About the moon's phases
In both Western astrology and modern astronomy there are 8 traditional phases of the moon. While these divisions are somewhat arbitrary, they are based on a system of four primary phases: New Moon, First Quarter Moon, Full Moon and Last Quarter Moon.
The remaining four phases are transitional phases (either "crescent" or "gibbous" phases). These transitional phases can be thought of as "in between" phases, separating the four primary phases. These transitional phases are the: Waxing Crescent Moon, Waxing Gibbous Moon, Waning Gibbous Moon and Waning Crescent Moon.
The total sequence of moon phases in order is:
- New moon
- Waxing crescent moon (Also called the Evening Crescent)
- First quarter moon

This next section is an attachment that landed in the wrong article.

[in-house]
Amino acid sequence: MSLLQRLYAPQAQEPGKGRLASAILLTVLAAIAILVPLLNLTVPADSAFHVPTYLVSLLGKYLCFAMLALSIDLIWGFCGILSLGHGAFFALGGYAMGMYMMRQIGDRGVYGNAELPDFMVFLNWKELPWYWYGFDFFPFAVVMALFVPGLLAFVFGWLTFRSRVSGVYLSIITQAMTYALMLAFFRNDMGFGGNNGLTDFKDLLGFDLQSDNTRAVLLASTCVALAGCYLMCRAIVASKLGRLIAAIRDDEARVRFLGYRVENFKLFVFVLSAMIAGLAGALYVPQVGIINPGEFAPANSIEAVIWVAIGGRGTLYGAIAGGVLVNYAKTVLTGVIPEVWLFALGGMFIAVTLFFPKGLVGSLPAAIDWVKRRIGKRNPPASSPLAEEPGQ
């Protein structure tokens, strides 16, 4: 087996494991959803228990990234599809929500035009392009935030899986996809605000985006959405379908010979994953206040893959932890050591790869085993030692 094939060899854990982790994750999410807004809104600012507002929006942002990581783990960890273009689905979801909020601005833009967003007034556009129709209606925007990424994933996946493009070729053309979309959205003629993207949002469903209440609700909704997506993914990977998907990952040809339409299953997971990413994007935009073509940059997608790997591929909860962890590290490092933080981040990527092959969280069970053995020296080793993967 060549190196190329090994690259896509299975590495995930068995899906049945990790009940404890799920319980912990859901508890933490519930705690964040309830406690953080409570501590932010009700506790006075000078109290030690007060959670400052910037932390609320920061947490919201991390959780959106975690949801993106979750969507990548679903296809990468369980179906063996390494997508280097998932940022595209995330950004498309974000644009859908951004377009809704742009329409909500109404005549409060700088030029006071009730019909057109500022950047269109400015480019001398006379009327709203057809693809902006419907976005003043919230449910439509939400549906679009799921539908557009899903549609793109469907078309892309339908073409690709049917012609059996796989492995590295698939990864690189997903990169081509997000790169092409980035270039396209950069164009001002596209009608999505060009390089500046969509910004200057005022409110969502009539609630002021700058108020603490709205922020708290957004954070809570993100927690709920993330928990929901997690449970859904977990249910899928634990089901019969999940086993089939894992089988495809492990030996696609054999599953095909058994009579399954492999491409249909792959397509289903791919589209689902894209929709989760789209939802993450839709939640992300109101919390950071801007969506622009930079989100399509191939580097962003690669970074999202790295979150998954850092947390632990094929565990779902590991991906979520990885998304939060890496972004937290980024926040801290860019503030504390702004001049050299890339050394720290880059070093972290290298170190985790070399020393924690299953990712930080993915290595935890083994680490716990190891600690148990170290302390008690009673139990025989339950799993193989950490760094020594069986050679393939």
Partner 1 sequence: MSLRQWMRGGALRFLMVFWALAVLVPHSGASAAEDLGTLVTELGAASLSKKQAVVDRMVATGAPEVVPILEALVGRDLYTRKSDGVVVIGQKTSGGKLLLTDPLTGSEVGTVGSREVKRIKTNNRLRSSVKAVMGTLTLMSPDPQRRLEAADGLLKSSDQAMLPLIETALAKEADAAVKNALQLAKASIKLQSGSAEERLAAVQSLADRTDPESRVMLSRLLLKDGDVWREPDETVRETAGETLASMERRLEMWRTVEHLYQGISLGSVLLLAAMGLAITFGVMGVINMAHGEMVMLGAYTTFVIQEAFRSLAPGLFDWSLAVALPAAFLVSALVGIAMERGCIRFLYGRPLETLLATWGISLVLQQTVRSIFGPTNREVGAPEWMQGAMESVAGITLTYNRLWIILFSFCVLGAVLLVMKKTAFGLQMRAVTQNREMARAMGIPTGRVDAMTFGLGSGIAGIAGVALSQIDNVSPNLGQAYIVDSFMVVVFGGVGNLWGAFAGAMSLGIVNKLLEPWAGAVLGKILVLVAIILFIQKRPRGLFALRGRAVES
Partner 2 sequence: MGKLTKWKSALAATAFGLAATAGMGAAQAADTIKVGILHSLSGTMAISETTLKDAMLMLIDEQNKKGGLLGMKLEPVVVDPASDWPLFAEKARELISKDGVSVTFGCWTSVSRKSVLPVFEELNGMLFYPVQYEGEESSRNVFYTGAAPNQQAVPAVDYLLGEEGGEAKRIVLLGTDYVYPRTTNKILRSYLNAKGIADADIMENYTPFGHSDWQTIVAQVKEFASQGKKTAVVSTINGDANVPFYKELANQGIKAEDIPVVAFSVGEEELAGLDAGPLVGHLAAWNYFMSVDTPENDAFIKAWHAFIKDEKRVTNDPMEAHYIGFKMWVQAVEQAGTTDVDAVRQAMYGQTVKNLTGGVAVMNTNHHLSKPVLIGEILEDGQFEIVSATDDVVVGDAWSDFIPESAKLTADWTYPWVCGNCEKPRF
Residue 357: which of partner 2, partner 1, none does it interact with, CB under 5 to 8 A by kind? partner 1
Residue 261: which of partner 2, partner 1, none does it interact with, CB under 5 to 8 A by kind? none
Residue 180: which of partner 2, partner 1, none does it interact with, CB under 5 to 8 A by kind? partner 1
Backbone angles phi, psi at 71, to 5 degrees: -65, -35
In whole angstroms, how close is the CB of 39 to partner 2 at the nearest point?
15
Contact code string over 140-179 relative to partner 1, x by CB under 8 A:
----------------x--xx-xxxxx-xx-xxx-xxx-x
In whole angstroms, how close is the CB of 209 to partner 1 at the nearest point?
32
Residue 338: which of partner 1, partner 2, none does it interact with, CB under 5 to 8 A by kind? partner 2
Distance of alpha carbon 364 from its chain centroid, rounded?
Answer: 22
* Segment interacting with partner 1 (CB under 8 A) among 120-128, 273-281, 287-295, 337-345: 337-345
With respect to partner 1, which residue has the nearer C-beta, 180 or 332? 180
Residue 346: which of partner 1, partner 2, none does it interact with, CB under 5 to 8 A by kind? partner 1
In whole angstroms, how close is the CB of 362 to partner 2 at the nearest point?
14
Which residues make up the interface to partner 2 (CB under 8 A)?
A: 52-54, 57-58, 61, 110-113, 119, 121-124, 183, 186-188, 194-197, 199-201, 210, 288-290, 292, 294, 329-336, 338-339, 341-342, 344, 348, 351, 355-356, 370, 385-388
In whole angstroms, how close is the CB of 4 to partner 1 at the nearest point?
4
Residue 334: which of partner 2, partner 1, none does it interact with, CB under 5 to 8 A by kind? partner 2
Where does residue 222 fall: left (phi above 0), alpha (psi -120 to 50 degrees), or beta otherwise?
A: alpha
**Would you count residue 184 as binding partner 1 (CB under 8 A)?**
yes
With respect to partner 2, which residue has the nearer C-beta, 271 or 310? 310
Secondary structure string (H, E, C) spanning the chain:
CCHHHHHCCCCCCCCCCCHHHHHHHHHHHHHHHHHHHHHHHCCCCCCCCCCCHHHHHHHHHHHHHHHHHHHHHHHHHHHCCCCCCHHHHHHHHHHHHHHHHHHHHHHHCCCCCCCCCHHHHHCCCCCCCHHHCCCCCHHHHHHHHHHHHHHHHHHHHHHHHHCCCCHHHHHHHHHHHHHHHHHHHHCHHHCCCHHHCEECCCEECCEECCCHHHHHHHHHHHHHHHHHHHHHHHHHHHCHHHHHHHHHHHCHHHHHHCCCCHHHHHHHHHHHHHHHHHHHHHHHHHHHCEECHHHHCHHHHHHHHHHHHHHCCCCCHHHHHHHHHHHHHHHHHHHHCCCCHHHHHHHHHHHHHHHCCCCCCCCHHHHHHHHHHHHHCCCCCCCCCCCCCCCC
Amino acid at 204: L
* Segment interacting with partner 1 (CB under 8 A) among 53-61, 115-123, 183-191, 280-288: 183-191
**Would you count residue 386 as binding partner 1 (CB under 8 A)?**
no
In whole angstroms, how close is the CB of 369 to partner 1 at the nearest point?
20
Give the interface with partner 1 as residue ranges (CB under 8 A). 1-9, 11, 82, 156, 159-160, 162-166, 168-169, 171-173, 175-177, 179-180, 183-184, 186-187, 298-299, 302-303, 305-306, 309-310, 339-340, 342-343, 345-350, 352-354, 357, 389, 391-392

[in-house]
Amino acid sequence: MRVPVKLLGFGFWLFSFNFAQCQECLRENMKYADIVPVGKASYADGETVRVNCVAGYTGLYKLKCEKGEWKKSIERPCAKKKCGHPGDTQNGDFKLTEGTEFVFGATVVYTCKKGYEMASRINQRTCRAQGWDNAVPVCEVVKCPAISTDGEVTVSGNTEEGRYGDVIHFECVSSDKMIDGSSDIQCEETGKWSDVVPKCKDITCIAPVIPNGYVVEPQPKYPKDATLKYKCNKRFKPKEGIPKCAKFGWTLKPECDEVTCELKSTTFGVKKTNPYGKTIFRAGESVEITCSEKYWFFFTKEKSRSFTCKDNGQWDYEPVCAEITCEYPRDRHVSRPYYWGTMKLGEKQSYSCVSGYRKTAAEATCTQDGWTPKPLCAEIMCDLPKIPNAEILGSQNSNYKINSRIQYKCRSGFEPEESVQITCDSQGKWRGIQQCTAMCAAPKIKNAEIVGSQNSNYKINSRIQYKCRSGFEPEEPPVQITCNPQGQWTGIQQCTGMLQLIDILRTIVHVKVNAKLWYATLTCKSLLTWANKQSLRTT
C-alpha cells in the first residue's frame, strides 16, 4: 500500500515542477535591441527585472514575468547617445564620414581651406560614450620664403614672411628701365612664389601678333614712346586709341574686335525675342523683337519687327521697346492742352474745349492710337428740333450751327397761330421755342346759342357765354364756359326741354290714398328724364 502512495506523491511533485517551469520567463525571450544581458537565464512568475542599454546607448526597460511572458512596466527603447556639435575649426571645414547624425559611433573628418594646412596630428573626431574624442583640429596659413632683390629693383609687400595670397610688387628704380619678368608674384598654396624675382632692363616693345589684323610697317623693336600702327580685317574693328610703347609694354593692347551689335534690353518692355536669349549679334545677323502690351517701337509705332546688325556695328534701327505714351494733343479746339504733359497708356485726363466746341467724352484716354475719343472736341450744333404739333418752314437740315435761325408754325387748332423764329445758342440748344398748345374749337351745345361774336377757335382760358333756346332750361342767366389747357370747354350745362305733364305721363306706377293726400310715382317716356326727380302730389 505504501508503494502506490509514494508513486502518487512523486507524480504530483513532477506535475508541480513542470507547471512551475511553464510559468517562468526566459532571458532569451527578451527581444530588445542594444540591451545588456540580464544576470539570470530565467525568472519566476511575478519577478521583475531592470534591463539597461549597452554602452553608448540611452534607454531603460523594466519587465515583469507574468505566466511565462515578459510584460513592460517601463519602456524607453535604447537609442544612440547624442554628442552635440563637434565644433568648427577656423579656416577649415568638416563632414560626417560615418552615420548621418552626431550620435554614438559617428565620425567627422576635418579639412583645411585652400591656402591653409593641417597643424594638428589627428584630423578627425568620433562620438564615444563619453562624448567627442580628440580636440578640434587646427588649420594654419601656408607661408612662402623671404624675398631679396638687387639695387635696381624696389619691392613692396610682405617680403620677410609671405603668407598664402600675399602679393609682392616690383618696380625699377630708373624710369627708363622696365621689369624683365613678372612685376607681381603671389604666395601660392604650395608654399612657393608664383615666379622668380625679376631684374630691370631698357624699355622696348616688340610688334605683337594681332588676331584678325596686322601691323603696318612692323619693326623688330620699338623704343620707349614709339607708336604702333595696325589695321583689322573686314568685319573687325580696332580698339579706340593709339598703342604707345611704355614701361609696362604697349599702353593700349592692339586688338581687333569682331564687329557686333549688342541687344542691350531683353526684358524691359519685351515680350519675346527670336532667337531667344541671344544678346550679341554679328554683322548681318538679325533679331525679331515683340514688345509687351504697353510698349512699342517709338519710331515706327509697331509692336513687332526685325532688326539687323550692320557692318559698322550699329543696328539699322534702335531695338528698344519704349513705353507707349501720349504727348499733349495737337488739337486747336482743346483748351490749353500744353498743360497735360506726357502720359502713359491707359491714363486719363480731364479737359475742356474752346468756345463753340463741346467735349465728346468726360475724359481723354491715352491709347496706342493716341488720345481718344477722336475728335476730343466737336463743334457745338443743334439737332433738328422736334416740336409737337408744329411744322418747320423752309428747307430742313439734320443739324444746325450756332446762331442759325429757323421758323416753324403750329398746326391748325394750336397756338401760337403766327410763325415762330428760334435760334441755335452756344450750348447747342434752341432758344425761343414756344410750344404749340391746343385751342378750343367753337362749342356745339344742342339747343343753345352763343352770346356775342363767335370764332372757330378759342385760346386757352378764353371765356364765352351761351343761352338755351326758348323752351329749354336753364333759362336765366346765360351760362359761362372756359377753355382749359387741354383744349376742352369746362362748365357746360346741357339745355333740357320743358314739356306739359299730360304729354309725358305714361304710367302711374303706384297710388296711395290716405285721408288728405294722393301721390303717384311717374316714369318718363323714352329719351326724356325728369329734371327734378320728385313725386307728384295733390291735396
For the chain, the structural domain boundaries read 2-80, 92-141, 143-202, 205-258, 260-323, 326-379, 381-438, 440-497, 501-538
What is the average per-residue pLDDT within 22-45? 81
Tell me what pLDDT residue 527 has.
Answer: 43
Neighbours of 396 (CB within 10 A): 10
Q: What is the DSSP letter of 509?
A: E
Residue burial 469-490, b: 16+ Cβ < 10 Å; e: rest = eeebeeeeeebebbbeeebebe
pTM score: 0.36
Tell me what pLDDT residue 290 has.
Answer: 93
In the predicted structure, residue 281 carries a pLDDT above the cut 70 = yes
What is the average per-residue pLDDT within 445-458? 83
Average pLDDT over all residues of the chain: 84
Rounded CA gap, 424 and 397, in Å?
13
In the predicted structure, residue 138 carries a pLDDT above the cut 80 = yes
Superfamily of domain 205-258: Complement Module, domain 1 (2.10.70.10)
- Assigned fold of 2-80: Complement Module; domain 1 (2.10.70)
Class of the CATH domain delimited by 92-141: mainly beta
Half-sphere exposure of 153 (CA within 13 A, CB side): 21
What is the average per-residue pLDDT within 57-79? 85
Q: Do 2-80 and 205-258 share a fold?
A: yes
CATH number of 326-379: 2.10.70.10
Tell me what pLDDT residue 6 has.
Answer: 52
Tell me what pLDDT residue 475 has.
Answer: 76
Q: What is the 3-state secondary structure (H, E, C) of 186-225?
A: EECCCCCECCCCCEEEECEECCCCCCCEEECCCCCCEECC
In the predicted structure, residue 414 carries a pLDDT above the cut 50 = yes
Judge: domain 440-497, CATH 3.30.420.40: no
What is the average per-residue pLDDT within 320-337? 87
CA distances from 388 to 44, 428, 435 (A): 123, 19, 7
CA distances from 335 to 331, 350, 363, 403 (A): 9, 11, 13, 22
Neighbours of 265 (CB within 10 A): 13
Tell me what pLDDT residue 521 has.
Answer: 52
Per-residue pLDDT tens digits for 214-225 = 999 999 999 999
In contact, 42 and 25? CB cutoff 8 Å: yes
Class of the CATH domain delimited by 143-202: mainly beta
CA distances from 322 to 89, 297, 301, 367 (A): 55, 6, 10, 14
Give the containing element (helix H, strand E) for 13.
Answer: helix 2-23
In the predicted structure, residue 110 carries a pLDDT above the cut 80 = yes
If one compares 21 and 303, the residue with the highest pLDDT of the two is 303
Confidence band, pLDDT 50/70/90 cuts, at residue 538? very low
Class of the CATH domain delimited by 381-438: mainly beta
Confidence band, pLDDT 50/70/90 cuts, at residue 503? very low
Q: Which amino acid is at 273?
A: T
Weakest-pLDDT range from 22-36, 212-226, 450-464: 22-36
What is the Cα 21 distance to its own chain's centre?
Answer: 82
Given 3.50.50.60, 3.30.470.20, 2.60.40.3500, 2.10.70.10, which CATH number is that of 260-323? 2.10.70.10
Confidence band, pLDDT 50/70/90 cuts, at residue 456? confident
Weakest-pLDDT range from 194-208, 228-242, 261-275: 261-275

- Waxing gibbous moon
- Full moon
- Waning gibbous moon
- Waning crescent moon
After the 7th and final phase, the New moon arrives again, and the cycle begins anew.
There's no such thing as a "half moon"
You've probably heard the term "half moon" many times. The truth is, this isn't actually one of the names for the moon's phases. The First Quarter and Last Quarter moons are sometimes descriptively called "Half Moons", but the correct term is "Quarter Moon" because they represent the points at 25% and 75% of the full lunar cycle.
Tides and the phases of the moon
The Earth's water is drawn towards the moon at all times. But during some phases of the moon, the effect is more pronounced.
During a Full Moon and a New Moon the Earth's tides are highest (often called a "Spring Tide", although the effect happens at any time of year). During each of the moon's Quarter phases, or "Neap Tides" the pull of the moon is the subtlest and Earth's tides are at their lowest.